Cordless: In a large garden, you probably need the freedom offered by a cordless edger. While in the past these have been criticized for a lack of power and the need for frequent recharging, it’s an area that has improved in recent years. Corded edgers still have the advantage in terms of consistent performance, but top cordless models are now very competitive.
Edger: If you’re creating new edges alongside hard surfaces, or edging flower borders and vegetable plots, a dedicated lawn edger with a sharp, solid blade is more powerful and will give you a more well-defined and cleaner cut. The adjustable depth feature on the Greenworks model is particularly useful.
String trimmer: A string trimmer is more versatile than an edger. It can help you maintain and tidy up existing borders, and it doubles as a weed remover in other parts of the garden. If you have driveways or paths that are higher than the surface of your lawn, a dedicated edger may not be practical, whereas a string trimmer’s horizontal cutting action can make the job a breeze.
If you’re choosing a cordless edger/string trimmer, you have a choice of a brush or brushless motor. The former is cheaper, but brushless motors make more efficient use of battery power, and that would be the option we recommend.
The batteries supplied as standard with these cordless tools are 2 ampere hours (Ah). It’s important that you buy the right voltage to go with the motor (24 volt or 40 volt), but a larger Ah capacity means more consistent performance for longer. If you consider buying a spare battery so you don’t have to stop working when recharging, 4 Ah and 5 Ah alternatives are available.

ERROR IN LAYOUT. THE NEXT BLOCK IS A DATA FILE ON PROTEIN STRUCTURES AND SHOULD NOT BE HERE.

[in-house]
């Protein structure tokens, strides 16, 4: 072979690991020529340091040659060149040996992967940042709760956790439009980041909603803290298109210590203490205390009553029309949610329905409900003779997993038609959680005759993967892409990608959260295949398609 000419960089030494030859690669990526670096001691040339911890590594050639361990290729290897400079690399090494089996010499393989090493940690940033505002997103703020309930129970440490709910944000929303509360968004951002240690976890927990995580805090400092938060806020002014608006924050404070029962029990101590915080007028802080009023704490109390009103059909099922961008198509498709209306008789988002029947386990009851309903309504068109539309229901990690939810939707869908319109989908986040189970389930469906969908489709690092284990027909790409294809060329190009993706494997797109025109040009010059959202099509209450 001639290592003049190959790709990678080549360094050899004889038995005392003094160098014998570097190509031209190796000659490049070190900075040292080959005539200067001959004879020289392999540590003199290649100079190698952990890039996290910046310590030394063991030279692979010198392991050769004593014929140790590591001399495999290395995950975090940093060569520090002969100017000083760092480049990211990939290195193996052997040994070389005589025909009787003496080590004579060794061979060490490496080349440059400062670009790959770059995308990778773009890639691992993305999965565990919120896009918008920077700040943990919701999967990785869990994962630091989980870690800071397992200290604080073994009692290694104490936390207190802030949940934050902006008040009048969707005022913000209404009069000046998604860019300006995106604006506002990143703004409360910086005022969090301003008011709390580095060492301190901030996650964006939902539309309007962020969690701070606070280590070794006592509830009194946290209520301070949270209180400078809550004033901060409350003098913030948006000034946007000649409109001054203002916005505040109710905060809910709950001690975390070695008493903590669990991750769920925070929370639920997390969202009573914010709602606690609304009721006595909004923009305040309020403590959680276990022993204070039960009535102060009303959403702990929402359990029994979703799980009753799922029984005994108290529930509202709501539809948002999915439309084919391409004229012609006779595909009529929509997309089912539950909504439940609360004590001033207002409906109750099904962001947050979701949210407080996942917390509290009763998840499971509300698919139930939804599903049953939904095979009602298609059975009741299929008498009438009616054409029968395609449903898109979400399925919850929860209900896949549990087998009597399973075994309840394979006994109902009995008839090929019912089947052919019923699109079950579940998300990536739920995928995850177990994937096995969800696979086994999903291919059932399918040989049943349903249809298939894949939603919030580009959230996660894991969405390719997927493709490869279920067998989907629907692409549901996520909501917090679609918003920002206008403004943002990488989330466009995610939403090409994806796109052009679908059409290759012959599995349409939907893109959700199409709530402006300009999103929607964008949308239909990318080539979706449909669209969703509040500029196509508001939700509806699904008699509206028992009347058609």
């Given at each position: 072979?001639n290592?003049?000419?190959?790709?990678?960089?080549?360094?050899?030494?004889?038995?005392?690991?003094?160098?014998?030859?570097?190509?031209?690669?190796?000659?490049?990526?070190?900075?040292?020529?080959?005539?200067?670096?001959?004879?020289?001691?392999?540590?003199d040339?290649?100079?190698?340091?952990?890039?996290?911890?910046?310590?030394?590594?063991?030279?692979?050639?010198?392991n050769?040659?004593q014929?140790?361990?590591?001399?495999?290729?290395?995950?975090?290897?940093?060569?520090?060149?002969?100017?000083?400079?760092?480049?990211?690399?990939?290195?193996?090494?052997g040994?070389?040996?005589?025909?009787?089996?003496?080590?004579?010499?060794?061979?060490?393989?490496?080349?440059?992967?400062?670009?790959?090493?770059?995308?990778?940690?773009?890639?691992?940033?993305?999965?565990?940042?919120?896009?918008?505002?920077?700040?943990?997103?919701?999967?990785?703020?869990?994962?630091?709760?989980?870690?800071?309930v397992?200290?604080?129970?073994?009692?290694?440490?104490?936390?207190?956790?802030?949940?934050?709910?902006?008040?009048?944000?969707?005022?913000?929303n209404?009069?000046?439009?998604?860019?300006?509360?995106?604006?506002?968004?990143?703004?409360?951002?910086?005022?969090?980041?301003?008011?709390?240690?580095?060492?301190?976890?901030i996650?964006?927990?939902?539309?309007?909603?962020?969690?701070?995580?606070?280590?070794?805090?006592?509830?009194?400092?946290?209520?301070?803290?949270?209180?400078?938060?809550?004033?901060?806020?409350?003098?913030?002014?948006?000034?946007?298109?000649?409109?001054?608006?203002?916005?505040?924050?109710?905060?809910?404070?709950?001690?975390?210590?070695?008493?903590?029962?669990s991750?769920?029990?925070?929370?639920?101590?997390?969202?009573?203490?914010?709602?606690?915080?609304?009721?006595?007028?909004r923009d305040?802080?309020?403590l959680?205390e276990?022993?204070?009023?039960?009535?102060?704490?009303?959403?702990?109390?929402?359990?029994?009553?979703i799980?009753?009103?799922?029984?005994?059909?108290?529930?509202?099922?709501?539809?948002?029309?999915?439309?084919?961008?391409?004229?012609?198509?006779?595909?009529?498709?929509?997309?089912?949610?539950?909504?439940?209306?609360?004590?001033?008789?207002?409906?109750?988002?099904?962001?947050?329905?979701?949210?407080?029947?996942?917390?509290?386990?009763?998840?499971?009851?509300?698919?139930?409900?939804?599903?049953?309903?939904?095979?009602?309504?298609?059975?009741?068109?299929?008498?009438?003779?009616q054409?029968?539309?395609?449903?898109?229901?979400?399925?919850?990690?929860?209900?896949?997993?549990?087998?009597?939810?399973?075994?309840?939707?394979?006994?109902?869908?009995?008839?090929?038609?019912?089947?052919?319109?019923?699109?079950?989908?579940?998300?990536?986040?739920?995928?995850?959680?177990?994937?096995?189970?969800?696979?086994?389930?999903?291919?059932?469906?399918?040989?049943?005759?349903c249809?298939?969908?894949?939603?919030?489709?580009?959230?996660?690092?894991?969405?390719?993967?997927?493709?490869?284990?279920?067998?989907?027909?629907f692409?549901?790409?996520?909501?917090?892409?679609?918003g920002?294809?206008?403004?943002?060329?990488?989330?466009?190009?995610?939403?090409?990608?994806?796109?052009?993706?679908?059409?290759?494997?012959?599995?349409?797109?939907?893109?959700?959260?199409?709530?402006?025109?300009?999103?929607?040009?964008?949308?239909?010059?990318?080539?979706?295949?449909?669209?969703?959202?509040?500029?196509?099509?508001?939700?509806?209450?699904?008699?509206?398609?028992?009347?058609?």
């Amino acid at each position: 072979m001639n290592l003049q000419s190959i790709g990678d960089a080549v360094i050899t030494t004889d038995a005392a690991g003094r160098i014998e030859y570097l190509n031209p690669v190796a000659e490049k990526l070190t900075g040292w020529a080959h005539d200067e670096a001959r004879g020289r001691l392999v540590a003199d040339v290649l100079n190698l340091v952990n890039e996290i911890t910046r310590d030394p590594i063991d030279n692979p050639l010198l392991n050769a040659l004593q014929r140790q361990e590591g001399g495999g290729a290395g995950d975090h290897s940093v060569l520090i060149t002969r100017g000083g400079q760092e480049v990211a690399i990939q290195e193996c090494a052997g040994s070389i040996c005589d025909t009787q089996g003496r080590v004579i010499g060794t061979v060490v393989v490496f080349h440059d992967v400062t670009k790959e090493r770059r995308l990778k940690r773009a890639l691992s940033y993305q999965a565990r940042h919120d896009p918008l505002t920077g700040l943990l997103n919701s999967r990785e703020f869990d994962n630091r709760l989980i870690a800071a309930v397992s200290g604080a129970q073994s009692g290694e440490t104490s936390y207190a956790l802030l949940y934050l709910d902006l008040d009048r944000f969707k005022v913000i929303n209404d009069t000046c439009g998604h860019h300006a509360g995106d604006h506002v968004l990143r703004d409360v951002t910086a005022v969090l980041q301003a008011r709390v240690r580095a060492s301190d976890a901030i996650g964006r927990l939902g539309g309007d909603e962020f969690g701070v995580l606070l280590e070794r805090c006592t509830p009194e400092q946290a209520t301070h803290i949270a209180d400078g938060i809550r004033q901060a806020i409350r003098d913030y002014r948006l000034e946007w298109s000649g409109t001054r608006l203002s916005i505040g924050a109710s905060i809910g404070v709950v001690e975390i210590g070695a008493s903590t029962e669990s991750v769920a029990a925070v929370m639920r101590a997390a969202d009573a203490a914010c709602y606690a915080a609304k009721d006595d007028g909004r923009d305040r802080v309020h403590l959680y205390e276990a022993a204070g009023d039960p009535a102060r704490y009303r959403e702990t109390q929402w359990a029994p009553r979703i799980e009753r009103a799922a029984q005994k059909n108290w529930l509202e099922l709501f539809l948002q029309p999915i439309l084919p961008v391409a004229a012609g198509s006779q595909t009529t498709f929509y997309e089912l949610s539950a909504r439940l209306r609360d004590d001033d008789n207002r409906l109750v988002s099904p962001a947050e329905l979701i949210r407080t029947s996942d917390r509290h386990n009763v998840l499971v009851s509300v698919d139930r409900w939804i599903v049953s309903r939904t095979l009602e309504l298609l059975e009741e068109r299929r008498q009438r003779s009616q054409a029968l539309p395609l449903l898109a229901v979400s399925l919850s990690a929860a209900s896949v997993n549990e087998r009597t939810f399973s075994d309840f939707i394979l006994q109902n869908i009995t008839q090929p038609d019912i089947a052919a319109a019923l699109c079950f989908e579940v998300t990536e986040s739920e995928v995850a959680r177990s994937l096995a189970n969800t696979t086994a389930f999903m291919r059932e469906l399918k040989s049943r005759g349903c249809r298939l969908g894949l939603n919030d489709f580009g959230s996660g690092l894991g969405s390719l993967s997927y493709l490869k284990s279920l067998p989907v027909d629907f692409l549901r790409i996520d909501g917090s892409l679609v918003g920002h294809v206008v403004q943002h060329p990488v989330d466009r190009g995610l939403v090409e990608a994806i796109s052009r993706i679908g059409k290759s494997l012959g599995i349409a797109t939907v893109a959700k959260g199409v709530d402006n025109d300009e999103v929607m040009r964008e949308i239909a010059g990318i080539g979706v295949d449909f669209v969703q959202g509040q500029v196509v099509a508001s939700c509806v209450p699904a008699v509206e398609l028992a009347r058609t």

It’s also worth bearing in mind that Greenworks Max batteries are compatible with a wide variety of the company’s garden equipment. Once you’ve invested in one, you can see considerable savings on other devices by buying bare tools.
There are two types of line feed generally available: bump feed and auto feed.
Bump feed: This is operated by the user “bumping” the head of the string trimmer on the ground. This activates a button and spring mechanism, which then feeds a set length of new line.
Auto feed: Auto line feed doesn’t require any action on the part of the user. The spool automatically senses when new line is required. The latter has received some criticism from owners, though it’s not a common complaint.
Spools can be single or dual line; in other words, there’s one piece of line or two doing the cutting. Given that the second type has double the cutting edges for the same rotation speed, it will cut faster and perform better in thicker grass and weeds.
When the spool runs out, you have the option of either replacing the whole unit or buying line separately and winding it yourself. The latter takes a little more effort, but it can usually save you money.
Length: The main stem of the string trimmer/edger is usually adjustable for length, enabling you to adjust it for comfort.
Cord lock: This prevents the plug from being pulled out accidentally, something that can be surprisingly annoying!
Hoop guide: A wire hoop guide is fitted to the front of most string trimmers. The line is usually rotating too fast for you to see, so this gives you a clear indication of how far you’re cutting. It helps you avoid slicing through valued plants or stripping the paint off fences.